Experiment 1- Page 1
Analytical Chemistry: Gravimetric Analysis
Analytical chemistry is perhaps the most fundamental branch of chemistry as it involves either identifying the
components that make up a compound or determining the specific amount of a compound itself.
the measurement of masses or densities, is one of the most fundamental types of chemical analyses since it involves the
direct comparison of masses of substances, the basis of all stoichiometry.
Unlike volumetric analyses (see Experiments
#2 & #4B), solutions of standardized concentrations are not necessary in the gravimetric technique, so it is quite useful
when only a few samples are to be analyzed.
Repetitive routine analyses of many samples are often better done by
other techniques, however, due to the time involved for each gravimetric determination.
Also, for gravimetric analyses
to be viable, the element of concern must be present in the sample in a large enough quantity to give enough precipitate
to be measured with analytical precision.
The object of gravimetry is to quantitatively convert the species you are analyzing (and only that species) into a
solid, which can then be collected, dried, and its mass determined.
The mass of the solid and knowledge of its
composition permit the calculation of the moles of the species of interest in the initial sample.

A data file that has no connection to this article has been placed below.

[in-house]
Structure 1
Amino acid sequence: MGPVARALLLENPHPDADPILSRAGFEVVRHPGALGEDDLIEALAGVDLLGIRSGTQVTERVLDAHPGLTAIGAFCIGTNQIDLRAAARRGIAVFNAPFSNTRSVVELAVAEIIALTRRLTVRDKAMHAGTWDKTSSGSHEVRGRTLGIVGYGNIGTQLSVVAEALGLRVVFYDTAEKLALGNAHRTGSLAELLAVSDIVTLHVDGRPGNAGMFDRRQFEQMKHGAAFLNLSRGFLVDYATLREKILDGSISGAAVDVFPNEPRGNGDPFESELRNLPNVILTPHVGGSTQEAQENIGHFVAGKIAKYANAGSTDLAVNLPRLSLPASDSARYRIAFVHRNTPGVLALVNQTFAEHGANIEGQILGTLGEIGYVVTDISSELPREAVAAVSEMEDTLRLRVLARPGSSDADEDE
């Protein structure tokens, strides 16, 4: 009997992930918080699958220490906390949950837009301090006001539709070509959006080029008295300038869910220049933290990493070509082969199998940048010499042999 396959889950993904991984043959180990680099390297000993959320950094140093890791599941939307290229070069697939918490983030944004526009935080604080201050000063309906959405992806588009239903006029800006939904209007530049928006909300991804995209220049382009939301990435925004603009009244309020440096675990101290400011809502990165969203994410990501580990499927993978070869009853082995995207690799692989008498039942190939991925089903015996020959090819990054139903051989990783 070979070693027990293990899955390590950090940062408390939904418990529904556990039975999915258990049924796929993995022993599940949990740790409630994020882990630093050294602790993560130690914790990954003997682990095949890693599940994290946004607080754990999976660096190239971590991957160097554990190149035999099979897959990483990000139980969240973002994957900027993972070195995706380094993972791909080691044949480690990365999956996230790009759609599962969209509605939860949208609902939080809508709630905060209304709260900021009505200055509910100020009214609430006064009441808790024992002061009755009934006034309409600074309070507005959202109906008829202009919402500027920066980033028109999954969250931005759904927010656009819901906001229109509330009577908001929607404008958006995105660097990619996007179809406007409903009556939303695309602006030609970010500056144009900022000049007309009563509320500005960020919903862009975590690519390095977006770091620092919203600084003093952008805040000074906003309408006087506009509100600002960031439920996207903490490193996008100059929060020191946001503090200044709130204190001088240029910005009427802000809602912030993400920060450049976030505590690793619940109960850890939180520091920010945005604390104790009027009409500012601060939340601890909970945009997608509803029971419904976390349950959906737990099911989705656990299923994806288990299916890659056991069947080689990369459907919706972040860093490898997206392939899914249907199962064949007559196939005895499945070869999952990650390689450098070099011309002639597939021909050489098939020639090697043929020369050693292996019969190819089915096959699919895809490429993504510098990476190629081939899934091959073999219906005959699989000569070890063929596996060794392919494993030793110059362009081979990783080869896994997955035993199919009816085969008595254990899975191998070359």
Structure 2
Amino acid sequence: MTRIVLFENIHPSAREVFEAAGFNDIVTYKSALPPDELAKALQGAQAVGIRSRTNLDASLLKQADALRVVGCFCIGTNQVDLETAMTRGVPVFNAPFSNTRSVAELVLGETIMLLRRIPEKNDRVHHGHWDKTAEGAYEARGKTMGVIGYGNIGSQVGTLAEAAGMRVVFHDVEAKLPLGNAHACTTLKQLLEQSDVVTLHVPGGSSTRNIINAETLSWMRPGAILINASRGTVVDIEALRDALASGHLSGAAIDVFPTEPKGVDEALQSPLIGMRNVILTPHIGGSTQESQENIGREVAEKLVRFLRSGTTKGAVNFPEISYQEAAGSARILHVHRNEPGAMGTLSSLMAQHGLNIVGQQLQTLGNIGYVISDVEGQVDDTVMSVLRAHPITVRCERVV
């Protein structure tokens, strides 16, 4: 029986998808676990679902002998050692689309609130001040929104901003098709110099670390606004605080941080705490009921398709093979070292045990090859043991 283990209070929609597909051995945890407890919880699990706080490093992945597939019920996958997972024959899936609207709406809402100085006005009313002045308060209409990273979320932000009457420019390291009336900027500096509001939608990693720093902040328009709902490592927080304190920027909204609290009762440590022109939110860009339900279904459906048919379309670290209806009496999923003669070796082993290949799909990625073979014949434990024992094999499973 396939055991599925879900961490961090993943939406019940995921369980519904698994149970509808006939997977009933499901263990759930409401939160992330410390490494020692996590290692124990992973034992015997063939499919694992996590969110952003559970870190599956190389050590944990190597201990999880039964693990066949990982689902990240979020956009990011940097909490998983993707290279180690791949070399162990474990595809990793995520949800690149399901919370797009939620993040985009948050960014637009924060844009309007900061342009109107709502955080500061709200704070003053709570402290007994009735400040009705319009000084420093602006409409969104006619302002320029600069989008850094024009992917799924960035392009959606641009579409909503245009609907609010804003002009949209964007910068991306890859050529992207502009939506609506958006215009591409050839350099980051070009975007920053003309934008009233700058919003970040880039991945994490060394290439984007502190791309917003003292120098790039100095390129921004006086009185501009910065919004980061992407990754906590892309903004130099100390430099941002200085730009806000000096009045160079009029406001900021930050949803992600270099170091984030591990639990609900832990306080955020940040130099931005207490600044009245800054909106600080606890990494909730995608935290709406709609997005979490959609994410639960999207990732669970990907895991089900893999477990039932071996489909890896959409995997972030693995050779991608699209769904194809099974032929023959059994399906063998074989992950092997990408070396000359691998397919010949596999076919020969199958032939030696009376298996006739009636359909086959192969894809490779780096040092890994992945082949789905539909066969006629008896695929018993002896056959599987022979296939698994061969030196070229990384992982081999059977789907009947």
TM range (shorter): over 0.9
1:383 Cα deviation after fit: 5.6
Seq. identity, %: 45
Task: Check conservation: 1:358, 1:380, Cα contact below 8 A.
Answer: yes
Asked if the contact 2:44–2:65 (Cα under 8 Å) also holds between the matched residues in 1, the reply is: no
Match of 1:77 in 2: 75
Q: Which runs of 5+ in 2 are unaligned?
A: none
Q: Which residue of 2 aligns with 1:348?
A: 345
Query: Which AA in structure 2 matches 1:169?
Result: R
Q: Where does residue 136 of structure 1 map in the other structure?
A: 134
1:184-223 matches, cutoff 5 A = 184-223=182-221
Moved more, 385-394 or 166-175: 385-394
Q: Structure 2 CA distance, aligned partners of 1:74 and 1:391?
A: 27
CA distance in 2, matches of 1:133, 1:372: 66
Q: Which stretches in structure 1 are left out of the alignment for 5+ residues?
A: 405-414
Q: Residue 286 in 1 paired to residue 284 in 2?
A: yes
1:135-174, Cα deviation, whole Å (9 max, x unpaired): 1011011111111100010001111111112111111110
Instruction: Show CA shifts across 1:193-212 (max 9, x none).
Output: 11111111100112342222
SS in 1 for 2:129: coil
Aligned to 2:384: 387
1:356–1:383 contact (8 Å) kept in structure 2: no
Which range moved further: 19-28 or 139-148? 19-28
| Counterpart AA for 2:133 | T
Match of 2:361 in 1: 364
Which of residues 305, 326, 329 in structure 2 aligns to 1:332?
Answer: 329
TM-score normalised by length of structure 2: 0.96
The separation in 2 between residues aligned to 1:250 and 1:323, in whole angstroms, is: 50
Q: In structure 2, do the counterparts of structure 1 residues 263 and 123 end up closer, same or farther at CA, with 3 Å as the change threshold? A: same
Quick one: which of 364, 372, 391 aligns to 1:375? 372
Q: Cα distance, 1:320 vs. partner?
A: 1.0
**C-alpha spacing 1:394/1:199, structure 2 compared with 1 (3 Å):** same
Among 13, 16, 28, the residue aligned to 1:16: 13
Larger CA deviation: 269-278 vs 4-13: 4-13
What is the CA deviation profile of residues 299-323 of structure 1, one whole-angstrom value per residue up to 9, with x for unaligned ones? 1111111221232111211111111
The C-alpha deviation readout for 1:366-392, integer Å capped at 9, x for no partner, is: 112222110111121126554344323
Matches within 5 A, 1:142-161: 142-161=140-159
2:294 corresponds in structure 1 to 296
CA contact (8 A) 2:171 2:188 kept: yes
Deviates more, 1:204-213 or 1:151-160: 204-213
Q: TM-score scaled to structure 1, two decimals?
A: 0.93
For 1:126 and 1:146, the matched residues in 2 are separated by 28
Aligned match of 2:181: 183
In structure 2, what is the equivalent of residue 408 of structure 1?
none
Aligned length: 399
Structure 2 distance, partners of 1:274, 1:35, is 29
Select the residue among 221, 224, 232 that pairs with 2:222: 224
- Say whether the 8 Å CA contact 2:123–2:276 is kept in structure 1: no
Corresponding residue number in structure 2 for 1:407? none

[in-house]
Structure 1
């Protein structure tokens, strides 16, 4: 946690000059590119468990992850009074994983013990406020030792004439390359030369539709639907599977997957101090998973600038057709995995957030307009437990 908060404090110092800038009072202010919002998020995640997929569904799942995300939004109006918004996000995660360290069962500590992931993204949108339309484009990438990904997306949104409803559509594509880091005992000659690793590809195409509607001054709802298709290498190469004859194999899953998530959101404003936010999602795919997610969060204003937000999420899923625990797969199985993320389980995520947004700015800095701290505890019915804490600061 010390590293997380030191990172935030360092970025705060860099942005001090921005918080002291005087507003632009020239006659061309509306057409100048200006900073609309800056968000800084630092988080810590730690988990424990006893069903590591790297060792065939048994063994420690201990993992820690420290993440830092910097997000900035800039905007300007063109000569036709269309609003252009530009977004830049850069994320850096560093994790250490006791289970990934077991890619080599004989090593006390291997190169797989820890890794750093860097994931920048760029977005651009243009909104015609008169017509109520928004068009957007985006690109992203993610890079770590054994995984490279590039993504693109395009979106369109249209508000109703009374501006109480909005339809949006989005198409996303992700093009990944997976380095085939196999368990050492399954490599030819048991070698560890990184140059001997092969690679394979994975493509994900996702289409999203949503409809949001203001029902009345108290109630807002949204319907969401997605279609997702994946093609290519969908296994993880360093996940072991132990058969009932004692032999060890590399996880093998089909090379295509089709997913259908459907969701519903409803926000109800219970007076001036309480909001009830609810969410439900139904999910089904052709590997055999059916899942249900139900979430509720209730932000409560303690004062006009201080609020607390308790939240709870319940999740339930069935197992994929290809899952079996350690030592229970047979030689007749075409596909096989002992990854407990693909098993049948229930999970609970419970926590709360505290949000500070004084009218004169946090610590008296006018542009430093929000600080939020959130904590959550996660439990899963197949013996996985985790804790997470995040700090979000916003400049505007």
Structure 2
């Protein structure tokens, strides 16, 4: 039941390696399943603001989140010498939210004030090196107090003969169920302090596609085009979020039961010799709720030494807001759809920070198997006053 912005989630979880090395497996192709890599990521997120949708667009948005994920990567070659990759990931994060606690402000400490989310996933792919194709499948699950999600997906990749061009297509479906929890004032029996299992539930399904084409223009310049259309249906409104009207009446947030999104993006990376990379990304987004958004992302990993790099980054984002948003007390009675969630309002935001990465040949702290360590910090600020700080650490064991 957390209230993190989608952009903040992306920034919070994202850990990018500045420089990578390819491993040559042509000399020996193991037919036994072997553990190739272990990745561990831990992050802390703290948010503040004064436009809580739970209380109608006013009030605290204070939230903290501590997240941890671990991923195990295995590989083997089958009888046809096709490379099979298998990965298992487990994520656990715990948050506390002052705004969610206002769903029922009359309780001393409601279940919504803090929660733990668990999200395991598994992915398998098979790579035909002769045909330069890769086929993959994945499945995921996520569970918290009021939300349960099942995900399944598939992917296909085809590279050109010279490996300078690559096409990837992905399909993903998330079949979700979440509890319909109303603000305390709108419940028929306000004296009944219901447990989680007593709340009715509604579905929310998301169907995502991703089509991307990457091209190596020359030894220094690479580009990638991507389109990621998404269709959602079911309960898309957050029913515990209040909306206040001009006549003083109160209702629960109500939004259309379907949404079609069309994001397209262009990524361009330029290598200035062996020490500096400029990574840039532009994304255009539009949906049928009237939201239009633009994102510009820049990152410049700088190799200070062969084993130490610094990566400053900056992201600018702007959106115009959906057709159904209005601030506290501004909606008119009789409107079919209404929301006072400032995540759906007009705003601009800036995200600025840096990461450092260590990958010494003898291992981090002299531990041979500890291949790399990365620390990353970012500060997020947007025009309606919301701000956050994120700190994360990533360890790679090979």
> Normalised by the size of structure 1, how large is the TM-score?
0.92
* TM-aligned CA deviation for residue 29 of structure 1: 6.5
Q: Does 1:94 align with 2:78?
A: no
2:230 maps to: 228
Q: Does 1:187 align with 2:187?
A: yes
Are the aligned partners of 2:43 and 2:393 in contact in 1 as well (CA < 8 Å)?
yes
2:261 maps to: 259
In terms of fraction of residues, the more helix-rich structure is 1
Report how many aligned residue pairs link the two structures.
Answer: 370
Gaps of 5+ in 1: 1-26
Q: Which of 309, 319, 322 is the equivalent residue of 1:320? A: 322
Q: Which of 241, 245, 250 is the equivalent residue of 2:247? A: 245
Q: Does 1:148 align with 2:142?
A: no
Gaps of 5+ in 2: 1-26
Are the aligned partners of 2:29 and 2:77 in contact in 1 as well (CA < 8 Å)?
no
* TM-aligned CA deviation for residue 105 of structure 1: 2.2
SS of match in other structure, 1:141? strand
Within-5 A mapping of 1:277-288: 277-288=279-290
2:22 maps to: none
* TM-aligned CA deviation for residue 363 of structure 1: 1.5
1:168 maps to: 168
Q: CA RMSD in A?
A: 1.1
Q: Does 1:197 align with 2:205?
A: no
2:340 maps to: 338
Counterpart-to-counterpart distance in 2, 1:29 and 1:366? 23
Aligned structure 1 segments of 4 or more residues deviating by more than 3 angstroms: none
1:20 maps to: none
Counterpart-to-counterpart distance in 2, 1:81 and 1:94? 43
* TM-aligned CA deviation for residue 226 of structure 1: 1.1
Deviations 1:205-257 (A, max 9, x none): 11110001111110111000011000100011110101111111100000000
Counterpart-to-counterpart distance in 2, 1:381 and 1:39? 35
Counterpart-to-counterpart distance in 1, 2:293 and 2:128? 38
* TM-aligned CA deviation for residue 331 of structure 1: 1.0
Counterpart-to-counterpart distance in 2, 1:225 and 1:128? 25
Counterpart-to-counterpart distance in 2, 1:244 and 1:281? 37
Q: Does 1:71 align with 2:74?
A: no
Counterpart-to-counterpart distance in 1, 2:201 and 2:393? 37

: Aluminum 8-hydroxyquinolinate
In this experiment, you will precipitate the Al
ion by reacting it with an organic anion, 8-hydroxyquinolinate,
forming a solid complex of aluminum known as aluminum 8-hydroxyquinolinate (also called Alq
properties that make it desirable for gravimetric analysis (e.g., a large molar mass).
This compound also has 'real
Significant research is being performed on Alq
because it emits light when a current is run
through it, which makes it very desirable for display applications (e.g., computer monitors, etc.).
The 8-hydroxyquinolinate anion that reacts with Al
ion to form the Alq
compound is obtained by the
deprotonation of the 8-hydroxyquinoline molecule via the following dissociation reaction:
8-hydroxyquinoline (aka. OxH),
8-hydroxyquinolinate (aka. Ox
M.M. = 145.16 g/mol
M.M. = 144.15 g/mol
Note that it is very important that this deprotonation reaction takes place.
The 8-hydroxyquinolinate anion must be
formed for the precipitation to occur.
The 8-hydroxyquinoline molecule itself will not react with Al
As a result,
careful attention must be paid to the
H of the Al
H is often a major
consideration in gravimetric analyses.
For the formation of a simple precipitate such as AgCl, this is a minor problem.